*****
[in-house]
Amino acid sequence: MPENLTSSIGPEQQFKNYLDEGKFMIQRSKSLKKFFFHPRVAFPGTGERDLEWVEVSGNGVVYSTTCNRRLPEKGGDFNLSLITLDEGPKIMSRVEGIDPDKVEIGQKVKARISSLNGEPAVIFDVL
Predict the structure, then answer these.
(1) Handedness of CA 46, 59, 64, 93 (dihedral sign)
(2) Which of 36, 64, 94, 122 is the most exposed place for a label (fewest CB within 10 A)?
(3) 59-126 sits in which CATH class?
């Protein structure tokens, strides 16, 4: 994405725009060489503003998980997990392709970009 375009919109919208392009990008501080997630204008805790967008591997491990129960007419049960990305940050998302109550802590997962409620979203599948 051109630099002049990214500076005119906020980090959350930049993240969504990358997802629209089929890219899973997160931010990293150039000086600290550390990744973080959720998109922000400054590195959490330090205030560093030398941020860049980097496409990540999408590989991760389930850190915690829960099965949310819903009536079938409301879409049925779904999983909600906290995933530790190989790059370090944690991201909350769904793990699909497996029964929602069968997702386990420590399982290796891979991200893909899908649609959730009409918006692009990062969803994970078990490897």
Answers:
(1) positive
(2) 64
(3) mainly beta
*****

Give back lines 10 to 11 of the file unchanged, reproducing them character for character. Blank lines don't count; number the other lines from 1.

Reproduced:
(2) 64
(3) mainly beta